When Second Hand Doesn’t Mean Second Best

Estelle Sidler

Not so long ago, buying second hand was seen as a last resort. Charity shops were there for the people who really needed them – though there have always been bargain hunters who love seeking out gems amidst the faded tea sets and battered copies of The Da Vinci Code. The only time buying second hand had any sort of glamour attached to it was when you were ‘going vintage’ or shopping for antiques.

Things have changed. We’re now starting to see that buying second hand benefits more than just our wallets; it’s a way for us all to do our bit for the environment. Buying second hand means things get used for longer. There’s less production, and therefore less waste. 

Looking at the clothing industry, “if it continues on its current path, by 2050, textiles production will use over

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How will RBS’ share price, now NatWest, fare against challenger banks?

Estelle Sidler

Sheryl Crow might have sung “A change will do you good”, but RBS’ [NWG] share price begs to differ.

Known as the NatWest Group since 22 July, RBS’ share price had already tanked over 50% in 2020 by the time the name change took place as the coronavirus knocked the UK economy for six. Since the rebrand, NatWest’s share price has slipped a further 12.62% as it faces the same headwinds as other UK banks. 

Adding to NatWest’s share price misery is an influential study criticising the bank’s customer service. This is a dangerous position to be in when challenger banks like Monzo are building brands on straight-forward, in-app customer support and the ability to open a new bank account in a single day from anywhere with an internet connection. 

Given customers’ increasing digital awareness, this could be a huge blind spot for NatWest. So, just how great is

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Miles Morales Pre-Order Bonuses Include Two Suits and a Gadget

Estelle Sidler

The T.R.A.C.K. Suit, another secret suit, and the Gravity Well gadget.


marvel's spider-man miles morales

Pre-orders for PS5 are live now (even though the whole thing has been a bit of a dumpster fire), and alongside that, so, too, are pre-orders for the console’s launch titles. One of those is Marvel’s Spider-Man: Miles Morales, and if you’re wondering what the pre-order bonuses for the game are, those have now been revealed.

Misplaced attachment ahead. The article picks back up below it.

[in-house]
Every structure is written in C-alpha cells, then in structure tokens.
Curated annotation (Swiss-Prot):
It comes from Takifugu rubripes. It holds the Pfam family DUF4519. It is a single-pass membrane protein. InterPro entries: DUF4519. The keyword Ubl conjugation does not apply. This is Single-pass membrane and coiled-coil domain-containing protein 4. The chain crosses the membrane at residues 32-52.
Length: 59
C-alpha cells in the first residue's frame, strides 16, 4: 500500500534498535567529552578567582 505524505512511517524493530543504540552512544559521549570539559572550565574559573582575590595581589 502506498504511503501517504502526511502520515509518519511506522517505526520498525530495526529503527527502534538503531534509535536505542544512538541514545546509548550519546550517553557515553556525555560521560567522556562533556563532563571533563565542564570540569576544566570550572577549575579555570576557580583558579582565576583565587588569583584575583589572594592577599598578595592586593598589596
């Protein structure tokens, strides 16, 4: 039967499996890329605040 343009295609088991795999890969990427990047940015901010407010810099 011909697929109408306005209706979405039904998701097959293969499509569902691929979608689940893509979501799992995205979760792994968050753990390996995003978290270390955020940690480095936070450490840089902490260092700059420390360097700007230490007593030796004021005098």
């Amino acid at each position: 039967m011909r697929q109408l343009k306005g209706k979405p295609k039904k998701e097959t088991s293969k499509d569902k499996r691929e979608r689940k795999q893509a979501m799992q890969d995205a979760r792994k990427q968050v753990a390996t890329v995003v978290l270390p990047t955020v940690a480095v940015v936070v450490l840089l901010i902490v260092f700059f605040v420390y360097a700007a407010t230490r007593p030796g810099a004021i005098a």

An image was recently uploaded to the game’s page on the official PlayStation site, and though it has since been taken down, a user on Reddit managed to snag it (you can take a look at it below). That and descriptions of the bonuses on the game’s Target listing detail what pre-order bonuses you can expect.

Those who pre-order the game will get early access to two suits and a gadget (which will presumably also be unlockable through gameplay for everyone else). There’s

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Earth911 Reader: EV Savings, Cooling Clothing, Saving $50 Trillion Over 30 Years

In Sustainability

Buy An EV, Save up to $14,500 on Fuel

The National Renewable Energy Laboratory recently released a study of the economic benefits of driving an electric vehicle compared to an internal combustion vehicle. The research found that over 15 years, an EV owner will pay $14,500 less for energy than a gasoline vehicle driver. Of course, the environmental benefits of an EV depend largely on

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Library now open at 9:30 am with limited computer usage

(September 8, 2020) The Westfield Memorial Library is pleased to announce that as of Tuesday, September 8, the library will be open at 9:30 a.m. Limited usage of the computers will begin on Tuesday as well.

The rules for computer usage are as follows: Westfield residents will have access to one thirty-minute session per day. Westfield residents without a library card will be able to get a guest pass at the Circulation Desk with proof of residency. Non-residents will not have access to computers.

Those who would like to print will need to have coins or one-dollar bills as the library does not currently have change. Due to limited staffing, computer assistance will not always be available.
The computers will be shut down 30 minutes before closing.

Since occupancy in the library remains limited, we request that patrons wait outside or in their cars should all computers be in use

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Convenient or exploitative? Behind China’s food delivery boom